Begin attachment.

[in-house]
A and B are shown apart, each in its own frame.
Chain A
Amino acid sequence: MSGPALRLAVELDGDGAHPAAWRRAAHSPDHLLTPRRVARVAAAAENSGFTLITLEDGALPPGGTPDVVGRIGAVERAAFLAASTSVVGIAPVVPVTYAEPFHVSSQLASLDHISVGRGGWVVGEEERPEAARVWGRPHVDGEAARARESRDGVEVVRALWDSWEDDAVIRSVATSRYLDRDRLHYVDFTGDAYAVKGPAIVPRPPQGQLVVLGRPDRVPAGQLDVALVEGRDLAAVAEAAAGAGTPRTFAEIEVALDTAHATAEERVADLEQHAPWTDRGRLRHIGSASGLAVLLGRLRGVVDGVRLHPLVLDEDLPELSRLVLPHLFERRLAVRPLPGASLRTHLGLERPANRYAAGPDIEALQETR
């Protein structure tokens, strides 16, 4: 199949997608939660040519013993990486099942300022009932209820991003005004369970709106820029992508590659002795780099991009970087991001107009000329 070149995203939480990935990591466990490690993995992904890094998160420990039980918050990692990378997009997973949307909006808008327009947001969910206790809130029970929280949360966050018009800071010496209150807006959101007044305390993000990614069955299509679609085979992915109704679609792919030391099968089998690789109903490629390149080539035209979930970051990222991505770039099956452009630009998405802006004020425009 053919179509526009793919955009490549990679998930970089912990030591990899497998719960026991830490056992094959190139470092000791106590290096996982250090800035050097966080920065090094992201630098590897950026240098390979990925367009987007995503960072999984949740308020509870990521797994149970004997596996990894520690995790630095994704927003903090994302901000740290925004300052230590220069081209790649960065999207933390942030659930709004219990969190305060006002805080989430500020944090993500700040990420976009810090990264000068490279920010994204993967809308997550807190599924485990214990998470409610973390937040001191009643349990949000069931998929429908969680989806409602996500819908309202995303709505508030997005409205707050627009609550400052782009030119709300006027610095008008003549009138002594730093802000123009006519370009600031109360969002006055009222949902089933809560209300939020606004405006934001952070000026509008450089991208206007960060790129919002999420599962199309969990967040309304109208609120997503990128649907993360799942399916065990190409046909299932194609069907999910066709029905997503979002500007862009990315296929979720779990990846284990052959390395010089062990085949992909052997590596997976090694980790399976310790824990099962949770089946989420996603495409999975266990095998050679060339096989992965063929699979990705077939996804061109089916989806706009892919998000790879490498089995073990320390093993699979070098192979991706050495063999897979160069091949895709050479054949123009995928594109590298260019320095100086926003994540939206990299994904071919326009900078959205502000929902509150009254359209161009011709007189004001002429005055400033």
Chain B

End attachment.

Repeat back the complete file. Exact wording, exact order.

[in-house]
A and B are shown apart, each in its own frame.
Chain A
Amino acid sequence: MSGPALRLAVELDGDGAHPAAWRRAAHSPDHLLTPRRVARVAAAAENSGFTLITLEDGALPPGGTPDVVGRIGAVERAAFLAASTSVVGIAPVVPVTYAEPFHVSSQLASLDHISVGRGGWVVGEEERPEAARVWGRPHVDGEAARARESRDGVEVVRALWDSWEDDAVIRSVATSRYLDRDRLHYVDFTGDAYAVKGPAIVPRPPQGQLVVLGRPDRVPAGQLDVALVEGRDLAAVAEAAAGAGTPRTFAEIEVALDTAHATAEERVADLEQHAPWTDRGRLRHIGSASGLAVLLGRLRGVVDGVRLHPLVLDEDLPELSRLVLPHLFERRLAVRPLPGASLRTHLGLERPANRYAAGPDIEALQETR
């Protein structure tokens, strides 16, 4: 199949997608939660040519013993990486099942300022009932209820991003005004369970709106820029992508590659002795780099991009970087991001107009000329 070149995203939480990935990591466990490690993995992904890094998160420990039980918050990692990378997009997973949307909006808008327009947001969910206790809130029970929280949360966050018009800071010496209150807006959101007044305390993000990614069955299509679609085979992915109704679609792919030391099968089998690789109903490629390149080539035209979930970051990222991505770039099956452009630009998405802006004020425009 053919179509526009793919955009490549990679998930970089912990030591990899497998719960026991830490056992094959190139470092000791106590290096996982250090800035050097966080920065090094992201630098590897950026240098390979990925367009987007995503960072999984949740308020509870990521797994149970004997596996990894520690995790630095994704927003903090994302901000740290925004300052230590220069081209790649960065999207933390942030659930709004219990969190305060006002805080989430500020944090993500700040990420976009810090990264000068490279920010994204993967809308997550807190599924485990214990998470409610973390937040001191009643349990949000069931998929429908969680989806409602996500819908309202995303709505508030997005409205707050627009609550400052782009030119709300006027610095008008003549009138002594730093802000123009006519370009600031109360969002006055009222949902089933809560209300939020606004405006934001952070000026509008450089991208206007960060790129919002999420599962199309969990967040309304109208609120997503990128649907993360799942399916065990190409046909299932194609069907999910066709029905997503979002500007862009990315296929979720779990990846284990052959390395010089062990085949992909052997590596997976090694980790399976310790824990099962949770089946989420996603495409999975266990095998050679060339096989992965063929699979990705077939996804061109089916989806706009892919998000790879490498089995073990320390093993699979070098192979991706050495063999897979160069091949895709050479054949123009995928594109590298260019320095100086926003994540939206990299994904071919326009900078959205502000929902509150009254359209161009011709007189004001002429005055400033």
Chain B